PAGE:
Eligible servicemembers and their families find that the VA home loan program provides an exceptionally strategic way to finance more than 80 percent of a property purchase without having to pay for mortgage insurance. Lenders participate because they are protected from default by the U.S. government. But there are other benefits to financing this way:
- No down payment requirements
- Flexible underwriting guidelines
- No minimum credit score
- Loans are assumable
- VA property requirements ensure the property is safe, sanitary, and sound
- VA staff assists borrowers who become delinquent on their mortgages
Down Payment Benefits with VA Loan
There is no maximum loan amount or purchase price imposed by the VA. However, the VA does limit the amount of losses it will cover for the lender if a borrower defaults. Lenders generally loan up to $417,000 for home purchases, provided the applicant is income and credit qualified and the property appraises for the asking price. In higher-cost areas, though, 2014 loan limits are higher -- to a maximum of $1,094,000 in the most expensive market.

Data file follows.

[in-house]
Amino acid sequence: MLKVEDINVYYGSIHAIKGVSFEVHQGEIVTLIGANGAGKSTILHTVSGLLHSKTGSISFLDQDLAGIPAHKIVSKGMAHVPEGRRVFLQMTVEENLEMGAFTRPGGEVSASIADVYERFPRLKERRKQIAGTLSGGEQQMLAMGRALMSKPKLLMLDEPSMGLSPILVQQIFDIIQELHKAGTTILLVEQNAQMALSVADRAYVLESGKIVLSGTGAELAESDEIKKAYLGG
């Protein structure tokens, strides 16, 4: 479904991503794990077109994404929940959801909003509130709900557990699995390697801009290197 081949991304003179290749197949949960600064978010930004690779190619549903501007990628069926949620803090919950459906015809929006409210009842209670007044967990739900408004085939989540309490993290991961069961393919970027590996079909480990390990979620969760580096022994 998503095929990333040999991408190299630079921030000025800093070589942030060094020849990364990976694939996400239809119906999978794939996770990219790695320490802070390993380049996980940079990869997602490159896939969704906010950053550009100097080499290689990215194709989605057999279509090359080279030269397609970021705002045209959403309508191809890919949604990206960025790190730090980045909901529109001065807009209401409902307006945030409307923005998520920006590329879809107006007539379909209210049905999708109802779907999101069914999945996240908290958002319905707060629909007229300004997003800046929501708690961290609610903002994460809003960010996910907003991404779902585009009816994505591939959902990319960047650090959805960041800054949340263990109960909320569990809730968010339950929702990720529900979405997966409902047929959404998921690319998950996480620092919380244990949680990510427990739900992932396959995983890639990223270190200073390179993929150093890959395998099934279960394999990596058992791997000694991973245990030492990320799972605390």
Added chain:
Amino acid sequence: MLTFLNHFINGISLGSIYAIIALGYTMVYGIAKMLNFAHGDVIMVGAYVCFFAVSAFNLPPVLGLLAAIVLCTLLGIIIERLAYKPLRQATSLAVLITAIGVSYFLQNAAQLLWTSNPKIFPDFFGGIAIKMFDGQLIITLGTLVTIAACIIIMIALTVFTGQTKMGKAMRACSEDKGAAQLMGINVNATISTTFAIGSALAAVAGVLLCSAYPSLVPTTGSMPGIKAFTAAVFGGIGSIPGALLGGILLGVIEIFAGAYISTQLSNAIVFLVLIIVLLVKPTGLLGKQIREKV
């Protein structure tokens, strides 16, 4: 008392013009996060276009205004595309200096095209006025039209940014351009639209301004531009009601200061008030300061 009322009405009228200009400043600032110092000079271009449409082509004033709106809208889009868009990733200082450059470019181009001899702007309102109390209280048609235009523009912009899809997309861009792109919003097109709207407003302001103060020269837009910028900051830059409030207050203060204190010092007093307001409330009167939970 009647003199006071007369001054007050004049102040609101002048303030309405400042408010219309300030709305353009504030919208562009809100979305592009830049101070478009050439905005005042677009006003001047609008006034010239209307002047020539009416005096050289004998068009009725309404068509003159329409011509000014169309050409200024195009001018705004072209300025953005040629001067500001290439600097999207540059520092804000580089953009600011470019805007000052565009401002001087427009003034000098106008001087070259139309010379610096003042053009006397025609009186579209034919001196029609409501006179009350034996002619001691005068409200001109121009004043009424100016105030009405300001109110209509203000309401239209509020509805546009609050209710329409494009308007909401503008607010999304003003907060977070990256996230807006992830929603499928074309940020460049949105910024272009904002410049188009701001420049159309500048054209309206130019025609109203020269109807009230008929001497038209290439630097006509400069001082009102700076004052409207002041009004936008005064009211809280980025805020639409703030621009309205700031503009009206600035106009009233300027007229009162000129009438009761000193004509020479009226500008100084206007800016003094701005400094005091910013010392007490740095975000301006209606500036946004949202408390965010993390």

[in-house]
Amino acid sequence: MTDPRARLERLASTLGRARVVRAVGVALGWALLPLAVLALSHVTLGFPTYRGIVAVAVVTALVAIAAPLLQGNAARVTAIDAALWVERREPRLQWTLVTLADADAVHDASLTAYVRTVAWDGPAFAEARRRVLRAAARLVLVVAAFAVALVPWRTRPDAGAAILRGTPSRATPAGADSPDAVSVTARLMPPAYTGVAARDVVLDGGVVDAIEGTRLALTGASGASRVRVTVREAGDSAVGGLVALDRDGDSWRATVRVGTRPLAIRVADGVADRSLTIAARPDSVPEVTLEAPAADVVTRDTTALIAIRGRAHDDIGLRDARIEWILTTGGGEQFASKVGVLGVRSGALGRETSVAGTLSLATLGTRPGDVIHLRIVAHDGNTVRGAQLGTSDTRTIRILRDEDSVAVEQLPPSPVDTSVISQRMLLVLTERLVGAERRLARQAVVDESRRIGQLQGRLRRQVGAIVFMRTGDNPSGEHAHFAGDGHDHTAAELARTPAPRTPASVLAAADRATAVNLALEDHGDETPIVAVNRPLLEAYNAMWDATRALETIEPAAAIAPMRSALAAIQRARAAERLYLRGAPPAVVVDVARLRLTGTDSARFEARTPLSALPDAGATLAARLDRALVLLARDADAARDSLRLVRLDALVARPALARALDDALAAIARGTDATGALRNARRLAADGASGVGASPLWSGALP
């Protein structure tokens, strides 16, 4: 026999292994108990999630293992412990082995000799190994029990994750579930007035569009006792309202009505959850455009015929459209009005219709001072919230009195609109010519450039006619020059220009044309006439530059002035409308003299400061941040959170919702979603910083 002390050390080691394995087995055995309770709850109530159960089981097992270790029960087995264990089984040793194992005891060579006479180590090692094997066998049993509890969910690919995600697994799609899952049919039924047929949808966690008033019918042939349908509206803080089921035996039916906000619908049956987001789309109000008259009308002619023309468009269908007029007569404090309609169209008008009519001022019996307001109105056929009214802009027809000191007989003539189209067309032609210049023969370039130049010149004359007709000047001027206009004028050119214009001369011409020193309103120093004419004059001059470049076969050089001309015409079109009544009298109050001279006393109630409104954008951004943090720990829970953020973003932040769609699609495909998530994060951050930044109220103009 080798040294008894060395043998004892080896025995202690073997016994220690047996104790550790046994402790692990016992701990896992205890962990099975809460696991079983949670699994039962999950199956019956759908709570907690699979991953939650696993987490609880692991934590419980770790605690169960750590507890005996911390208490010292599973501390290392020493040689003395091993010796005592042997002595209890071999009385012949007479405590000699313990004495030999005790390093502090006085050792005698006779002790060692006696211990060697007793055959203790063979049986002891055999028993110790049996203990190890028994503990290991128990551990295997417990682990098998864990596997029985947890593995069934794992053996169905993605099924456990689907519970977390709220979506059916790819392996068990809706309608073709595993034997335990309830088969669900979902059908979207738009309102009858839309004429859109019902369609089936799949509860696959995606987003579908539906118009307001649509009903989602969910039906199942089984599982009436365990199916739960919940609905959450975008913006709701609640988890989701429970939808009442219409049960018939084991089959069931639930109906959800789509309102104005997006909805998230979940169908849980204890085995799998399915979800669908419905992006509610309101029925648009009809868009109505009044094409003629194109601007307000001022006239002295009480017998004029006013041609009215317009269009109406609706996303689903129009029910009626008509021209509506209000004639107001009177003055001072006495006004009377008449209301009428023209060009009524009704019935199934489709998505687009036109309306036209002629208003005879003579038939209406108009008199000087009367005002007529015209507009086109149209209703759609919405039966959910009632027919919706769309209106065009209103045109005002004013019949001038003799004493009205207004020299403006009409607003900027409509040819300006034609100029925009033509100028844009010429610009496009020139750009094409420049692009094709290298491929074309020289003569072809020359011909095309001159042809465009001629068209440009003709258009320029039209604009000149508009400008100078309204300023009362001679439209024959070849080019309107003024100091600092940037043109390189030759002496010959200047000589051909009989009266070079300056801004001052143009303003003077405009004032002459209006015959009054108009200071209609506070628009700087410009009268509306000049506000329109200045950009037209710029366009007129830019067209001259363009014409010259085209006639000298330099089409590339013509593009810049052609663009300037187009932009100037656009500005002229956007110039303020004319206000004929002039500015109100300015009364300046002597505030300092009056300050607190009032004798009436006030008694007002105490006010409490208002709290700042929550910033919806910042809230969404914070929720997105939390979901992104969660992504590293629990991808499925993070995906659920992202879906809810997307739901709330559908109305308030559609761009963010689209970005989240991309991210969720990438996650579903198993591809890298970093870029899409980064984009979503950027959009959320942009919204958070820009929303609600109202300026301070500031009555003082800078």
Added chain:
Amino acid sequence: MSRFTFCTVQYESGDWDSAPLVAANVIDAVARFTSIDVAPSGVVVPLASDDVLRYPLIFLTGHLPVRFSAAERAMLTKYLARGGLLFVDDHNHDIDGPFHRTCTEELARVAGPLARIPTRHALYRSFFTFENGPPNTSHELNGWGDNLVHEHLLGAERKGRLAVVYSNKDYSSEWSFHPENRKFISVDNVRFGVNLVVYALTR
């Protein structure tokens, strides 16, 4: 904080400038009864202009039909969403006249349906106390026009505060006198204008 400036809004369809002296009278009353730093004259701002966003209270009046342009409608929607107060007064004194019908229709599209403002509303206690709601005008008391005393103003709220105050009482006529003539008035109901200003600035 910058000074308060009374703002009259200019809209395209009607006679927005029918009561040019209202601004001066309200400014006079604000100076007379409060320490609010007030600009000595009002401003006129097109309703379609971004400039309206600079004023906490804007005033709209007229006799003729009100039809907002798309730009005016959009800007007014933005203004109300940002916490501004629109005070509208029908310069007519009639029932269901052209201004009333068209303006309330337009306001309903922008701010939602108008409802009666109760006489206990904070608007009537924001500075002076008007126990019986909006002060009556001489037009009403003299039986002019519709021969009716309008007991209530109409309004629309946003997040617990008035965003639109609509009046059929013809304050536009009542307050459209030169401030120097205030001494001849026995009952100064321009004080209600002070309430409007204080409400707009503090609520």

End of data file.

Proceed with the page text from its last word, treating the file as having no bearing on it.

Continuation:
While no down payment is required, borrowers can save on their funding fees by making a five or ten percent down payment. Funding fees can usually be wrapped into the mortgage so the borrower needn't pay out of pocket.
Reserve Requirements Eliminated
Reserves" refers to money the borrower has that can be used to pay a mortgage if he or she experiences an interruption of income. Reserves are typically expressed in months -- if a mortgage payment -- principal, interest, taxes and insurance -- is $800 a month, and the applicant will have $3,200 in the bank after closing on the home purchase, he or she is said to have four months in reserves. Many programs require two-to-six months of reserves. With VA loans, lenders do not typically require reserves. Applicants should know, however, that their total amount of liquid assets does go into the overall assessment of credit worthiness.
VA Loan Closing Costs
VA participant borrowers may not be required to pay VA closing costs. The lender can take the interest rate up a bit and cover the closing costs for a cash-strapped home buyer. In addition, under the terms of the VA loan, the home seller can contribute as much as four percent of the property's appraised value to cover certain closing costs.
VA Mortgage Rates
The government does not set mortgage rates for VA loans. VA mortgages are funded by private lenders, like banks, mortgage companies and credit unions, and the government just guaranties the loan, lowering the risk and cost to the mortgage company. The VA warns borrowers to shop for their loans and compare offers from competing lenders to get the best deal they can. That's easy to do online on sites like LendingTree.com.